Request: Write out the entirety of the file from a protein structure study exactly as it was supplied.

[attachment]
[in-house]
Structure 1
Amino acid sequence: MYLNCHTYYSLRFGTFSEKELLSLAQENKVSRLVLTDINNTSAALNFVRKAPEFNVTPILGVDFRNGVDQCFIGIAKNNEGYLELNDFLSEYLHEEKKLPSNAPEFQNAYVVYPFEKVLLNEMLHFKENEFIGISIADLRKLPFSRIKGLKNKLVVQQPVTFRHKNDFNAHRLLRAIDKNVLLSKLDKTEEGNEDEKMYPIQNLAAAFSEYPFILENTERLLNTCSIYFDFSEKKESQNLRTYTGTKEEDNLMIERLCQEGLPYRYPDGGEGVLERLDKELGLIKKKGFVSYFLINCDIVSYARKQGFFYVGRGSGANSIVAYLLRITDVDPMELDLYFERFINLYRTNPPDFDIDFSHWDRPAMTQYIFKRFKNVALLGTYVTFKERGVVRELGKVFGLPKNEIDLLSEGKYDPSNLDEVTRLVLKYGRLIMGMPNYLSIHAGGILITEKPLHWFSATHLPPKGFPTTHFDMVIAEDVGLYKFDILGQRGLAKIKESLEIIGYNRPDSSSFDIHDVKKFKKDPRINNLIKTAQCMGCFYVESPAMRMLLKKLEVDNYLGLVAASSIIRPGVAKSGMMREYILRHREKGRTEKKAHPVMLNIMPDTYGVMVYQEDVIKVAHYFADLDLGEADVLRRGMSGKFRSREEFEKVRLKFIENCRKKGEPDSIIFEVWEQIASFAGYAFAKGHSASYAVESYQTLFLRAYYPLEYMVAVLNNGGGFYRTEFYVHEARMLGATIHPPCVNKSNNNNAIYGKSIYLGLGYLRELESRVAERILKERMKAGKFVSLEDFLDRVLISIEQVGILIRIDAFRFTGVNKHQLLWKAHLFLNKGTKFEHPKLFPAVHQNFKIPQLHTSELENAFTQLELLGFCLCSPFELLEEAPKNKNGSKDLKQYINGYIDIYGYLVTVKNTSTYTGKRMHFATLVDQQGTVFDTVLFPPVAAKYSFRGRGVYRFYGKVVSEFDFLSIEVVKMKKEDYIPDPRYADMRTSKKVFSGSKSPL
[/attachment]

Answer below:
[in-house]
Structure 1
Amino acid sequence: MYLNCHTYYSLRFGTFSEKELLSLAQENKVSRLVLTDINNTSAALNFVRKAPEFNVTPILGVDFRNGVDQCFIGIAKNNEGYLELNDFLSEYLHEEKKLPSNAPEFQNAYVVYPFEKVLLNEMLHFKENEFIGISIADLRKLPFSRIKGLKNKLVVQQPVTFRHKNDFNAHRLLRAIDKNVLLSKLDKTEEGNEDEKMYPIQNLAAAFSEYPFILENTERLLNTCSIYFDFSEKKESQNLRTYTGTKEEDNLMIERLCQEGLPYRYPDGGEGVLERLDKELGLIKKKGFVSYFLINCDIVSYARKQGFFYVGRGSGANSIVAYLLRITDVDPMELDLYFERFINLYRTNPPDFDIDFSHWDRPAMTQYIFKRFKNVALLGTYVTFKERGVVRELGKVFGLPKNEIDLLSEGKYDPSNLDEVTRLVLKYGRLIMGMPNYLSIHAGGILITEKPLHWFSATHLPPKGFPTTHFDMVIAEDVGLYKFDILGQRGLAKIKESLEIIGYNRPDSSSFDIHDVKKFKKDPRINNLIKTAQCMGCFYVESPAMRMLLKKLEVDNYLGLVAASSIIRPGVAKSGMMREYILRHREKGRTEKKAHPVMLNIMPDTYGVMVYQEDVIKVAHYFADLDLGEADVLRRGMSGKFRSREEFEKVRLKFIENCRKKGEPDSIIFEVWEQIASFAGYAFAKGHSASYAVESYQTLFLRAYYPLEYMVAVLNNGGGFYRTEFYVHEARMLGATIHPPCVNKSNNNNAIYGKSIYLGLGYLRELESRVAERILKERMKAGKFVSLEDFLDRVLISIEQVGILIRIDAFRFTGVNKHQLLWKAHLFLNKGTKFEHPKLFPAVHQNFKIPQLHTSELENAFTQLELLGFCLCSPFELLEEAPKNKNGSKDLKQYINGYIDIYGYLVTVKNTSTYTGKRMHFATLVDQQGTVFDTVLFPPVAAKYSFRGRGVYRFYGKVVSEFDFLSIEVVKMKKEDYIPDPRYADMRTSKKVFSGSKSPL